Keep a gratitude journal. Make it a habit to write down or share with another, thoughts about what you are grateful for each day.
Don't take good things for granted. Pick a time every week to sit down and write about your accomplishments, achievements, goals or simply the good things around you - reflecting on what went right or what you are grateful for helps remind us of those good things, which also comes in handy when things may not go so smooth or so well. Sometimes it helps to pick a number - such as three to five things - that you will identify each week. As you write, be specific and think about the sensations you felt when something good happened to you. This task is sure to help you get through a few bumps in the road should they appear.
As we all know, at times, it seems, there is just no time. But, it is imperative, that you stop, take a moment and look around. Look at yourself, your life, your home and take a moment, on occasion, to remind yourself that what you have around you, in your office, with your team or staff, your immediate family or extended, close friends and even acquaintances are YOURS. This month, please remind yourself not to take any of that for granted. Don't let your hard work or THIS life pass-by and not remember to appreciate it. Do not take any of it for granted. Nurture it, appreciate it and take the time to care and make sure to show your gratitude. Even just a small token, goes a long way.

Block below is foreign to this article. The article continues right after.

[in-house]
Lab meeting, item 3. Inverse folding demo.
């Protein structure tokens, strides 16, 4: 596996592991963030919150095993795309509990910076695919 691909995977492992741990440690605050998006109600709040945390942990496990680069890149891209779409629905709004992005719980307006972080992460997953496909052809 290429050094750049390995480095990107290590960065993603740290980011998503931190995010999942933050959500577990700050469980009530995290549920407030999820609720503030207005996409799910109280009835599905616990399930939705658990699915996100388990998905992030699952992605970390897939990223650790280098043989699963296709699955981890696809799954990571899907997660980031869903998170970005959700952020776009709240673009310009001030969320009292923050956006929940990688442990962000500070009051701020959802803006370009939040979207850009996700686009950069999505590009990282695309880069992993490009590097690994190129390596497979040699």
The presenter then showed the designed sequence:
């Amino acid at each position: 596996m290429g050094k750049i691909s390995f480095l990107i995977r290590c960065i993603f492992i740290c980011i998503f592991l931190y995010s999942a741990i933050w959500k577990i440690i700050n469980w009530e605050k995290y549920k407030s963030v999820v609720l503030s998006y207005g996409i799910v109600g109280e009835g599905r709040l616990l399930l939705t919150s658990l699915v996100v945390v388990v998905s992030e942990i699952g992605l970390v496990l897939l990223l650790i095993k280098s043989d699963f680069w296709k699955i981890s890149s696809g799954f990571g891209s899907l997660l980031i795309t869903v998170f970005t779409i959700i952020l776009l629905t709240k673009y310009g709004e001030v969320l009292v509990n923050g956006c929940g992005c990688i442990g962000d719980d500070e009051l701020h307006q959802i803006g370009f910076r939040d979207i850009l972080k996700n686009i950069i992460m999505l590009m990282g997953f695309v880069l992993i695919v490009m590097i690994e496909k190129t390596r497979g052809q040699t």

On another note, in October, the Family Law Section enjoyed Nashville, Tennessee, and the wonderful Thompson Hotel. We kicked off with a "bourbon and boots" welcome reception, we enjoyed a tour of the Ryman theater and a concert there that evening, sponsored by Foster Morales, Sockel Stone, LLC. We were honored to welcome Chris Mercer, Mercer Capital, who presented on Business Valuation, good will and shared some wonderful insight to our group about divorce litigation and experts in this arena. In closing, we enjoyed the most wonderful section dinner at Kayne Prime to close out the weekend. Overall, the retreat was a HUGE success in enjoying Nashville, getting to know each other and sharing knowledge, expertise and wearing our cowboy boots, of course!! Take a look at the Family Law Section
for information about the In-State Retreat coming up in April 2019 at the exclusive Ocean Reef Club, Key Largo, Florida. We hope to see you all there.
Happy Thanksgiving & Happy November!